||Ice, 3 pitches, 220'
|Consensus: ||WI4+ [details]|
|FA: ||Mark Meschinelli and Pat Munn (1979)|
|Season: ||Look for first signs of big blue ice|
|Page Views: ||4,075|
|Submitted By: ||RobHudson on May 17, 2007|
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In my opinion (and most everyone who is a local Adirondacker will agree), this is one of the best and most classic ice climbs in the Dacks. Most parties begin in the tight chimney, the rightmost of the three good ramp options. One long pitch (or two if belaying at the obvious ledge) continues either straight up the fearsome middle tier (5 or 5+), or up the obvious ramp right to a much briefer steep section leading to the pillar belay. Set the belay at the base of the final pillar where there is plenty of big fat ice in a semi-cave structure behind the pillar. The last pitch is short and steep in the 4+ range. There are plenty of trees at the top to build an anchor. This is a sought-after climb, so an early start can sometimes mean the difference of getting the climb.
Two 60-meter ropes are required for the standard rappel, though there is a slung cedar in the main drainage about 80' from the top. We didn't use the cedar.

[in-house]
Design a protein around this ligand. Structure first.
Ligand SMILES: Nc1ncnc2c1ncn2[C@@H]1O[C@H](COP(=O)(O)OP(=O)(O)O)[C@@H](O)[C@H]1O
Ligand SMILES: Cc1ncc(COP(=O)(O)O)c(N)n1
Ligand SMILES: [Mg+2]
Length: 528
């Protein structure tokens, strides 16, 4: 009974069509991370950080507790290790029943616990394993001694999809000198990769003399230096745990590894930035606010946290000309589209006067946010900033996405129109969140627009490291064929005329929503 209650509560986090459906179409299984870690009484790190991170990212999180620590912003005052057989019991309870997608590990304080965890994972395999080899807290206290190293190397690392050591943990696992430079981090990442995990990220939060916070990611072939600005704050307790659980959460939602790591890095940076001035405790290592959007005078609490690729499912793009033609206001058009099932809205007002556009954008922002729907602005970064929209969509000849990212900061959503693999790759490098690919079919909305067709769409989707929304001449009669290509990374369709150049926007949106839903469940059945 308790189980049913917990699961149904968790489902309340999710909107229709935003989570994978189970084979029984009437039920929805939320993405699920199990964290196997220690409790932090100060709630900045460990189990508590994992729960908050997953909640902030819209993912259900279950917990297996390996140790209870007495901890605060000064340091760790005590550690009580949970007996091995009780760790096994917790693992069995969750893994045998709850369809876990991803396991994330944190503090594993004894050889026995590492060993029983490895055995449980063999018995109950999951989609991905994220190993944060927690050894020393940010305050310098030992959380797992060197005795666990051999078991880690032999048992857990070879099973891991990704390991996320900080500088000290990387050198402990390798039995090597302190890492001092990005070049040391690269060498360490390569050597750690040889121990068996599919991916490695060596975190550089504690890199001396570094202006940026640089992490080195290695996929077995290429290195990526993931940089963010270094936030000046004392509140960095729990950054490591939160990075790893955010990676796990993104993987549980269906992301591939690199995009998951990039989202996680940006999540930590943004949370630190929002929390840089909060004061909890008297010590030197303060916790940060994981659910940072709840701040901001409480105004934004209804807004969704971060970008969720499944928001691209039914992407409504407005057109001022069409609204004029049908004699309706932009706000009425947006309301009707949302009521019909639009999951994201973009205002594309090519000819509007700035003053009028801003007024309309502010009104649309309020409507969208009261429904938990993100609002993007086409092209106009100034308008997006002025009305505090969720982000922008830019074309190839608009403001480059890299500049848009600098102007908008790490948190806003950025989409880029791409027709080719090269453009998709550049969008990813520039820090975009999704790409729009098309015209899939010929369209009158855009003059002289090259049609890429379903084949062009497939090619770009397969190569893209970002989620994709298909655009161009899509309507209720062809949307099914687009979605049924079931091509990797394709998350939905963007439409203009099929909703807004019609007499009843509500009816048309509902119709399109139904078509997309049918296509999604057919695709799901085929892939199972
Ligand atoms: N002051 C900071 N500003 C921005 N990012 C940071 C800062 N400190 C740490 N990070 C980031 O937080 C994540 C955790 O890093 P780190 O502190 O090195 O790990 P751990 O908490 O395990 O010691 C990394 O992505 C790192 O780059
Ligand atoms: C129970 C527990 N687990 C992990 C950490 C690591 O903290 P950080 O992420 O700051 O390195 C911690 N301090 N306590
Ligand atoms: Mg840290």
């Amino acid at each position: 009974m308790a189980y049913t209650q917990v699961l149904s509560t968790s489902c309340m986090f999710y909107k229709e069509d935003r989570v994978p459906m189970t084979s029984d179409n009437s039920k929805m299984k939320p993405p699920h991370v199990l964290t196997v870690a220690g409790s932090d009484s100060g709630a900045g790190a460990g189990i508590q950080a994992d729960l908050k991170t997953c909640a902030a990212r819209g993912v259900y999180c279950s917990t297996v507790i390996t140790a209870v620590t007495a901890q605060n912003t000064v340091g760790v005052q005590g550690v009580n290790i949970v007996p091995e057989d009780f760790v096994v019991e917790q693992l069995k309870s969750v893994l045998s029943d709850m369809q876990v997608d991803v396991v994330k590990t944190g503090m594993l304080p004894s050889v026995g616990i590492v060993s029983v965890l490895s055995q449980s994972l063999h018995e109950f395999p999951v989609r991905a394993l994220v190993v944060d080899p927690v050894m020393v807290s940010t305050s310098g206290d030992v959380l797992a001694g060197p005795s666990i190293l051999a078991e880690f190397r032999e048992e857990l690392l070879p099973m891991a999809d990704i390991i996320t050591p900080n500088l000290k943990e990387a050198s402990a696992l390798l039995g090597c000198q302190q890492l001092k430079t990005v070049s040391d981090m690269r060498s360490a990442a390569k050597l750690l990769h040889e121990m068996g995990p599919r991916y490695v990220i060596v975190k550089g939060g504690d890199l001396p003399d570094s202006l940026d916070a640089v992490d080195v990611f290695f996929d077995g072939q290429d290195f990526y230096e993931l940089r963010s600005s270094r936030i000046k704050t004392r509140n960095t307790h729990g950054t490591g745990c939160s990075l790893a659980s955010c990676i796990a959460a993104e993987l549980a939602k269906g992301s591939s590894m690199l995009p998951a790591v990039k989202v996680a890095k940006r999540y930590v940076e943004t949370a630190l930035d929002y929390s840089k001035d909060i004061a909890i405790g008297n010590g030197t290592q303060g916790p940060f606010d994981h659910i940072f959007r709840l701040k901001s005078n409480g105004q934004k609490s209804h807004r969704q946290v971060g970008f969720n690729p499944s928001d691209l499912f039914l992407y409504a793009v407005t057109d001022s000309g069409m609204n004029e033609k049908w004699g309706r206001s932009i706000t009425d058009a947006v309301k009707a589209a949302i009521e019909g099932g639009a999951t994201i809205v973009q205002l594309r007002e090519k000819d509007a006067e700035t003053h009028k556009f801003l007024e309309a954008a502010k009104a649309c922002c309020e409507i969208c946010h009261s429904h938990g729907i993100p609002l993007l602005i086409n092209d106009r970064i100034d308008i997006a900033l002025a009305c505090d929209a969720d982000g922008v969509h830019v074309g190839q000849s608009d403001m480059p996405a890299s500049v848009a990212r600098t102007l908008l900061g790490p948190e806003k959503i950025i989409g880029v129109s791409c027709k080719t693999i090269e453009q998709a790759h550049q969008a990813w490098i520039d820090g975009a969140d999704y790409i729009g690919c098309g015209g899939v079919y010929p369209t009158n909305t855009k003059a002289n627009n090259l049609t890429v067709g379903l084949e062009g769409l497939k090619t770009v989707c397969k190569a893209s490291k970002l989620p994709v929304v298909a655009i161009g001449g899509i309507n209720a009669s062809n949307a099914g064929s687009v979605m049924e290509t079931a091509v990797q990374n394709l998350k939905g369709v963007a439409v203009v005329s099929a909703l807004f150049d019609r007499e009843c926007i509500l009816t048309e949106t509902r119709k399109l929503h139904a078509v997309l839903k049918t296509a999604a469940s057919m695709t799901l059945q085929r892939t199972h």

Alternatively, hike left to a short down climb above Penalty Shot (stay roped for this short gully). A tree rappel of 165' leads directly to the base. This was pretty easy and I would recommend using this option.
Located in the Chapel Pond area off of route 73. Look for Chapel Pond and park in one of the dirt pull offs. Look across the pond and you will see the long hanging blue pillar that finishes Power Play. Walk across the pond to the base of the climb.
If anyone needs a place to stay, the Snow Goose Lodge is a great climbers lodge, and if you're really desperate, my house is about 4 miles up the road.
plenty of screws if combining the first two pitches.
BETA PHOTO: This is from Chapel Pond looking at Power Play, it...
BETA PHOTO: Power Play in early March
Power Play - Fat Conditions in February 2009
Climbers on the direct middle section of Power Pla...
By Derek Doucet
Jan 31, 2011
My goodness. I know this is kind of late (this description was posted in 2007), but this is a bit ridiculous. Two thirds of this description is taken verbatim from Don Mellor's guidebook Blue Lines. If the poster has permission from Mr. Mellor, it should be noted here. If not, lame.